BATON ROUGE, La. — Gov. John Bel Edwards said Wednesday there are “more effective ways” to protest than to refuse to stand during the national anthem. But Louisiana’s governor dismissed suggestions the New Orleans Saints should lose its state subsidies because several of its players won’t stand.

Edwards, a former Army Ranger, acknowledged that people have a right to protest, but he urged people to be on their feet for the anthem.

“I personally don’t believe the right thing to do is to kneel during the national anthem. I served in uniform. I think that you ought to render the appropriate respect to the flag and to the national anthem, and I think that there are other, more effective ways to protest,” the Democratic governor said.

Ten Saints players wouldn’t stand for the national anthem during Sunday’s game against the Carolina Panthers. They were among a long list of NFL players around the country who refused to rise for the song during the latest games after President Donald Trump criticized players who kneel during the “The Star-Spangled Banner” to protest racial injustice.

Two Louisiana lawmakers and Attorney General Jeff Landry are pushing to reconsider state subsidies to the NFL team because of the controversy.

Edwards resisted that idea Wednesday, saying Louisiana “must continue to meet its contractual obligations with the Saints.”

But the governor also spoke with Saints officials about the protest in Sunday’s game. Edwards wouldn’t provide specifics about what was discussed, describing the talks as an “effort to make sure we get this resolved.”

The governor said players have more constructive ways to express concerns without kneeling or sitting during the national anthem. He pointed to the Dallas Cowboys game Monday night. Cowboys players knelt arm-in-arm with the team’s owner before the anthem, then rose for the playing of the anthem.

“If the Saints could move in that direction, I think that everyone would be benefited from it,” Edwards said.

Republican elected officials in Louisiana have been talking of NFL boycotts and a review of the state spending on the team.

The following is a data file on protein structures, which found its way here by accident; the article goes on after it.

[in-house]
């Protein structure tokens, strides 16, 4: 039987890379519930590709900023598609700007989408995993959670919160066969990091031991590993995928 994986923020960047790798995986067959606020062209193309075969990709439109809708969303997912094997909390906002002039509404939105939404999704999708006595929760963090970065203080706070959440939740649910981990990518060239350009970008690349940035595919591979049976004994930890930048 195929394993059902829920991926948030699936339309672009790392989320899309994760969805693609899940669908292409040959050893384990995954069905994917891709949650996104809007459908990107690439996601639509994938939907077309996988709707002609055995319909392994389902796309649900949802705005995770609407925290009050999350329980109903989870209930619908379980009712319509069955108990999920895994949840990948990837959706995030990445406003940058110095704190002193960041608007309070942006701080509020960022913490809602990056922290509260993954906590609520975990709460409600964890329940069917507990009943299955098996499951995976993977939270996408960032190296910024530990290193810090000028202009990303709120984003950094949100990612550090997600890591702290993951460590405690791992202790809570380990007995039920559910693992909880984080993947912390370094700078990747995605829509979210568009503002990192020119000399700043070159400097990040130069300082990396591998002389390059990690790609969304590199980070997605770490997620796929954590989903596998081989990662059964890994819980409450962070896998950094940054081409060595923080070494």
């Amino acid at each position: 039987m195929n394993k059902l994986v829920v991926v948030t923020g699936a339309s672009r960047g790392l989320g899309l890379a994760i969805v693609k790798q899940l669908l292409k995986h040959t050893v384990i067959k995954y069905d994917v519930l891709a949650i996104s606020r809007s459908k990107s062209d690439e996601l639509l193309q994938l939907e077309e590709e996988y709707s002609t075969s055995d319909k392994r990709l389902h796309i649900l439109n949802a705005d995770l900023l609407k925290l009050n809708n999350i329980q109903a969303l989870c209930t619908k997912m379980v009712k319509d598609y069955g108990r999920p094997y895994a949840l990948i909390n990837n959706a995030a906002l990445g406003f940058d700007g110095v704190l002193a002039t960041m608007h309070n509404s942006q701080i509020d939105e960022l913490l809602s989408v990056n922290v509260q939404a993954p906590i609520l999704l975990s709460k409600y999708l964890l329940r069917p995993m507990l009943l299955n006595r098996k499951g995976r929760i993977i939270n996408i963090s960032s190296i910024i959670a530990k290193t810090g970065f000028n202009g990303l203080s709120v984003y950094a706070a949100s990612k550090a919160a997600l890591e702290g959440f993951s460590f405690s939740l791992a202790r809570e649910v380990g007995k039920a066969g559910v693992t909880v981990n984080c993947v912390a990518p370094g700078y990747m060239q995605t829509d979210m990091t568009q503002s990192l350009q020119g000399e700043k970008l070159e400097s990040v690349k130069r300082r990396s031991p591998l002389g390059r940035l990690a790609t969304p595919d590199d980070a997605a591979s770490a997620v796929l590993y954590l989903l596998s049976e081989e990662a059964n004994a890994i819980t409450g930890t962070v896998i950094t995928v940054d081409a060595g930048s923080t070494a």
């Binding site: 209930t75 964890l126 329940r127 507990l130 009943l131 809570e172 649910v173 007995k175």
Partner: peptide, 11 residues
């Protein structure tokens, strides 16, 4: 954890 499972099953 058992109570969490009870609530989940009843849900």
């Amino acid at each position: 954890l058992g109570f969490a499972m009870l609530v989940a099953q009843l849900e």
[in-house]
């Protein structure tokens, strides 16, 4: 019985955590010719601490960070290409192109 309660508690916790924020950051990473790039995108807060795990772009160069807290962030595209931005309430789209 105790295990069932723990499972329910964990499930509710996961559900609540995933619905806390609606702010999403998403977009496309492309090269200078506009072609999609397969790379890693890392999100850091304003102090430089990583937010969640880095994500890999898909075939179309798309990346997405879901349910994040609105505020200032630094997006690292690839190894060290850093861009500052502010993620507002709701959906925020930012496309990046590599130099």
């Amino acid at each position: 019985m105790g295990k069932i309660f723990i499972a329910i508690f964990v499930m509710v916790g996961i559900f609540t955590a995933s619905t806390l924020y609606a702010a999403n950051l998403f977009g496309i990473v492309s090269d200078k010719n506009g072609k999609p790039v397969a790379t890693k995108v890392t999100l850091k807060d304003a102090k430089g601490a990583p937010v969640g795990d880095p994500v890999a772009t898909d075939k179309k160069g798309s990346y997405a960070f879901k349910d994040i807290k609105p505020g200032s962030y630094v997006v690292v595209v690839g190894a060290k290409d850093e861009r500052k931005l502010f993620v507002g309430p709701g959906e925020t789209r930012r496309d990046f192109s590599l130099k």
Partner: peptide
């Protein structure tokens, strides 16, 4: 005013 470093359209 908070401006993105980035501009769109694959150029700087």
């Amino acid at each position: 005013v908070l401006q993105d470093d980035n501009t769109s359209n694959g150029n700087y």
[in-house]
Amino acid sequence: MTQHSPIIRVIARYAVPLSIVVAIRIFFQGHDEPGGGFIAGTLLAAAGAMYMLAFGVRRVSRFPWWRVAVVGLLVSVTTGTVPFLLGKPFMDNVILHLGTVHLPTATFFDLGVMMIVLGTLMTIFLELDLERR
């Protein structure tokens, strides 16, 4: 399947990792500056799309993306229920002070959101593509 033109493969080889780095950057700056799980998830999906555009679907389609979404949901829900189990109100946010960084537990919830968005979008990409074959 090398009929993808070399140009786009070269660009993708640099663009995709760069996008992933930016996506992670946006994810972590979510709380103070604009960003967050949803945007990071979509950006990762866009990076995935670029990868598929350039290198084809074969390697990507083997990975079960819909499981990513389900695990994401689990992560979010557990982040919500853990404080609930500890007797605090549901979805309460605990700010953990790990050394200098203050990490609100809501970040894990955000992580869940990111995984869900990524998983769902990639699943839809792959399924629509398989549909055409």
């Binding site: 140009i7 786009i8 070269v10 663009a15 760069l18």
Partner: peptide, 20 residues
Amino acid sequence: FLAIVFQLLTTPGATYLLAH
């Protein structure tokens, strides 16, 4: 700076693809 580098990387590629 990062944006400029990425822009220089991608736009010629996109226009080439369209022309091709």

Lt. Gov. Billy Nungesser, a Republican, told local media outlets a day earlier that he wouldn’t attend Saints games and NFL events because of players’ refusal to stand for the anthem. Rep. Kenny Havard, a St. Francisville Republican, wants the state’s subsidies to the Saints to end.

“It is time the taxpayers quit subsidizing protest on big boy playgrounds. I believe in the right to protest but, not at a taxpayer subsidized sporting event. Do it on your own time. There are plenty of disabled children, elderly and veterans in this state that would appreciate the money,” Havard said in a statement Monday.

Louisiana no longer pays direct cash subsidies to the Saints as it once did, but the team gets many inducements from the state.

The Saints keep money from concession sales and parking at the state-owned facility, the NFL organization is exempt from state sales tax and it retains the revenue generated by the sale of naming rights for the Superdome. State agencies also pay what an auditor has described as above-market rates to rent office space from Saints owner Tom Benson as part of the lease agreement.

Former Gov. Bobby Jindal’s administration negotiated the terms in 2009 as part of a package of incentives that replaced a previous state deal with the NFL team and ended direct monetary payments. The deal keeps the Saints in New Orleans through 2025.

GOP Rep. Valarie Hodges, of Denham Springs, has sent a formal request for the Legislature’s budget committee to look at the dollars the Saints receive. Landry, a Republican, weighed in as well, asking in a statement: “Why should the taxpayers subsidize with hundreds of millions of dollars a two billion dollar organization that allows the blatant disregard for our flag and our anthem?”


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